What is an Interest Only Loan?
An interest-only loan is where you as the borrower simply pay the accruing finance charges on the money borrowed, which means that the amount you owe never decreases. At the end of the loan's stated term, you will need to either convert the balance owed to a conventional loan or pay the loan off with cash or other liquid assets.
To calculate interest on a loan balance, you divide the decimal form of the annual percentage rate by the number of payment periods per year and then multiply that result by the current balance owed.
For example, if your current balance was $10,000 on a 12%, monthly payment loan, the current finance charge would be $100.00 (.12 ÷ 12 x 10,000). If you fail to make the $100 interest payment, then that amount may be added to your loan balance -- in which case you would end up paying finance charges on finance charges.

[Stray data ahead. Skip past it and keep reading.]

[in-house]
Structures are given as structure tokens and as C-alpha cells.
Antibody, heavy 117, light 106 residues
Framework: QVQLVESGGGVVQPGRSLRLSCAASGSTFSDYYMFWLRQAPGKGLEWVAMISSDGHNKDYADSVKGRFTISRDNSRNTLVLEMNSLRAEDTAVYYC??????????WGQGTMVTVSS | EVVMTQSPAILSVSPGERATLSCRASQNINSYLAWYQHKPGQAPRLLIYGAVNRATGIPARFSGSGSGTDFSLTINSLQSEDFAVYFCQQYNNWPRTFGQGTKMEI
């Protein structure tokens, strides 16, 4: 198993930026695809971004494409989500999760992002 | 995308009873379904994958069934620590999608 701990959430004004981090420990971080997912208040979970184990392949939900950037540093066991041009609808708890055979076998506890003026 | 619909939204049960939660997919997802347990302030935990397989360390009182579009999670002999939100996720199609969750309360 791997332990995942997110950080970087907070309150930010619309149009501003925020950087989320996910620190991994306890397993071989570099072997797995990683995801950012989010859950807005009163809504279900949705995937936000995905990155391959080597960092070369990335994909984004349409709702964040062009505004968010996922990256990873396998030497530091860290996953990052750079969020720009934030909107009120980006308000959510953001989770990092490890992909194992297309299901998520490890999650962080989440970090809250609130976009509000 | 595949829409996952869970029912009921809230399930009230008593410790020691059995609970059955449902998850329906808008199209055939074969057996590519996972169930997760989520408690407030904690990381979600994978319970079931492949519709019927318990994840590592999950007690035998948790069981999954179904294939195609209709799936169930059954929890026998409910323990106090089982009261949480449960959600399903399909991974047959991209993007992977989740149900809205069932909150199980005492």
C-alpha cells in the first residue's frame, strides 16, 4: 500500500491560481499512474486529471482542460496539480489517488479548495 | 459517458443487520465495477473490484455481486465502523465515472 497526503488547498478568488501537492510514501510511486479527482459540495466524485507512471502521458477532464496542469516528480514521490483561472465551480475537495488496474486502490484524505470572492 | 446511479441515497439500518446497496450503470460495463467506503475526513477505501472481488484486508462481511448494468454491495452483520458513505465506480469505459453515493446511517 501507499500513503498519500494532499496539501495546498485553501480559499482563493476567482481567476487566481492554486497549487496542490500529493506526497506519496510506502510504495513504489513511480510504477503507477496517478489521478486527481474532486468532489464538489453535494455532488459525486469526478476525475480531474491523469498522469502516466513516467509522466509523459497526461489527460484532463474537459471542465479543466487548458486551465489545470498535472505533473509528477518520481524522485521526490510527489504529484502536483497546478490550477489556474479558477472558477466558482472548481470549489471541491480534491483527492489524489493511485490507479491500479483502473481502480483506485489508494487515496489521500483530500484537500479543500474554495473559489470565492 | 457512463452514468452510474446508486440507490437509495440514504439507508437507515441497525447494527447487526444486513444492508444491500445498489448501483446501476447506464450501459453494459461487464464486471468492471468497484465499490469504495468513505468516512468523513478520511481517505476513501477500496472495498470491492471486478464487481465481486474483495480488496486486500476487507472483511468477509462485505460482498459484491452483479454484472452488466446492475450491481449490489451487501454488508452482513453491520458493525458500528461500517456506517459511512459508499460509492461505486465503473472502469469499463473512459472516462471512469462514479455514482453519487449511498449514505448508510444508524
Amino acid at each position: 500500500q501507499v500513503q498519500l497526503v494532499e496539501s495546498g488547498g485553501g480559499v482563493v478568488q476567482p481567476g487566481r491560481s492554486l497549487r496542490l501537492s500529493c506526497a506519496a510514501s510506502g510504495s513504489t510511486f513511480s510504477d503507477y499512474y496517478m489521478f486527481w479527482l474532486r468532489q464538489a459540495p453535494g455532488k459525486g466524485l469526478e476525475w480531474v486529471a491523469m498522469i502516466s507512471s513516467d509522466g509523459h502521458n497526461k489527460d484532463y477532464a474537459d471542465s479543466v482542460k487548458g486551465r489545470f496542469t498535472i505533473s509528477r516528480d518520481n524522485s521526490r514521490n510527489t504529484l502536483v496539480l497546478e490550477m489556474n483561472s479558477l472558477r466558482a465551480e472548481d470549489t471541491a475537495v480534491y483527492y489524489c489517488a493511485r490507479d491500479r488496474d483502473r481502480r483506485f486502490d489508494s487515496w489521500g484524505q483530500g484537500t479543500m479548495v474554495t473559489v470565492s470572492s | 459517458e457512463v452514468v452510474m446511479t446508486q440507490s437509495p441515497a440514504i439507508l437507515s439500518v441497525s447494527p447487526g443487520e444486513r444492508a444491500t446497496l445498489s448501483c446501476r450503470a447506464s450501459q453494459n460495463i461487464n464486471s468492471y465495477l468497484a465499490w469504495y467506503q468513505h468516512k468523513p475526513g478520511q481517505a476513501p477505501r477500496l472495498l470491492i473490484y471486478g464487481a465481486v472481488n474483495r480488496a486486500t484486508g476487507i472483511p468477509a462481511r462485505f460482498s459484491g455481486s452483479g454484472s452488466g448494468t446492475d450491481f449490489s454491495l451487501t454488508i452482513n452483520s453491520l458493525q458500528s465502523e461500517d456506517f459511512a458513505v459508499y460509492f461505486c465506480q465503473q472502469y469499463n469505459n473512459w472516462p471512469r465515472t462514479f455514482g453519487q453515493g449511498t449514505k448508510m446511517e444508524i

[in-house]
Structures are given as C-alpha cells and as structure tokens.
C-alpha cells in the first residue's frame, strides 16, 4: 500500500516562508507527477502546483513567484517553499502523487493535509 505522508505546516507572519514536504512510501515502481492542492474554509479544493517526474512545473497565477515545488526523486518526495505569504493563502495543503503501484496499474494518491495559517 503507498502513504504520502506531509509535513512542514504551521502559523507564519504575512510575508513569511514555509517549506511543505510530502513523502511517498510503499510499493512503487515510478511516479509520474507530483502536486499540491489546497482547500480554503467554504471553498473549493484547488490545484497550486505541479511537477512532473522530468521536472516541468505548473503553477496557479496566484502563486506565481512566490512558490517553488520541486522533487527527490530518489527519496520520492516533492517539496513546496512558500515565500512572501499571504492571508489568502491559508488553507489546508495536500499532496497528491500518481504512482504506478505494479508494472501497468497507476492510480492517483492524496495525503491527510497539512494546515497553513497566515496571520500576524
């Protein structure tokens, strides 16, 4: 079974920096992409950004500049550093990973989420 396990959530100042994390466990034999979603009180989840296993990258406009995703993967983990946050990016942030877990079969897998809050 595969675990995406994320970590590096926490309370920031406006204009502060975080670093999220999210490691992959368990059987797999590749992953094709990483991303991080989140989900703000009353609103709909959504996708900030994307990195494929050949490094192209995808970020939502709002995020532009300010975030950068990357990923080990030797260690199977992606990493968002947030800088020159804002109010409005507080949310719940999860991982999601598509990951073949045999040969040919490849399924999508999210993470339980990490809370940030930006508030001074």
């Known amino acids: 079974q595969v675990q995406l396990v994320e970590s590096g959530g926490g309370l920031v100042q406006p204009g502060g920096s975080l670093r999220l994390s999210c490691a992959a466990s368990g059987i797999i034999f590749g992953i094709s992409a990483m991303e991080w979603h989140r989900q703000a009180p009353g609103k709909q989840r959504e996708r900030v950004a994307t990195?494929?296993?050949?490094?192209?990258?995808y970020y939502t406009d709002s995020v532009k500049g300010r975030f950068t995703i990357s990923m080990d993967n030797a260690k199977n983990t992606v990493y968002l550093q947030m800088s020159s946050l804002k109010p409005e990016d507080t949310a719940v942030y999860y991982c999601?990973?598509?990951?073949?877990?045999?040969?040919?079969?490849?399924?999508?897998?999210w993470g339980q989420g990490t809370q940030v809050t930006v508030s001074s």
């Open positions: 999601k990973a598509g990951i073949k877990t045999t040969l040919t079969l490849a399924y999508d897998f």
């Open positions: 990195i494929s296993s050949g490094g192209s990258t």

Benefit of Interest Only Loan
The benefit of an interest-only loan is that you get to collect a lot more finance charges from the borrower without having to do any extra paperwork.
Oh, did you mean what is the benefit to the borrower? I can't think of any benefit to the borrower, so I assumed you were referring to the benefit to the lender. Sorry.
Better to Make Interest Payment than No Payment
As a borrower, if you can't make a full principal and interest payment (PIP), the last thing you want to do is let the finance charges pile onto the loan balance. That is unless your purpose is to help your lender's CEO to expand his swimming pool to Olympic size.
If that's not your intention, then you will probably want to limit your interest-only loan payments to times when there is simply no other less costly alternative.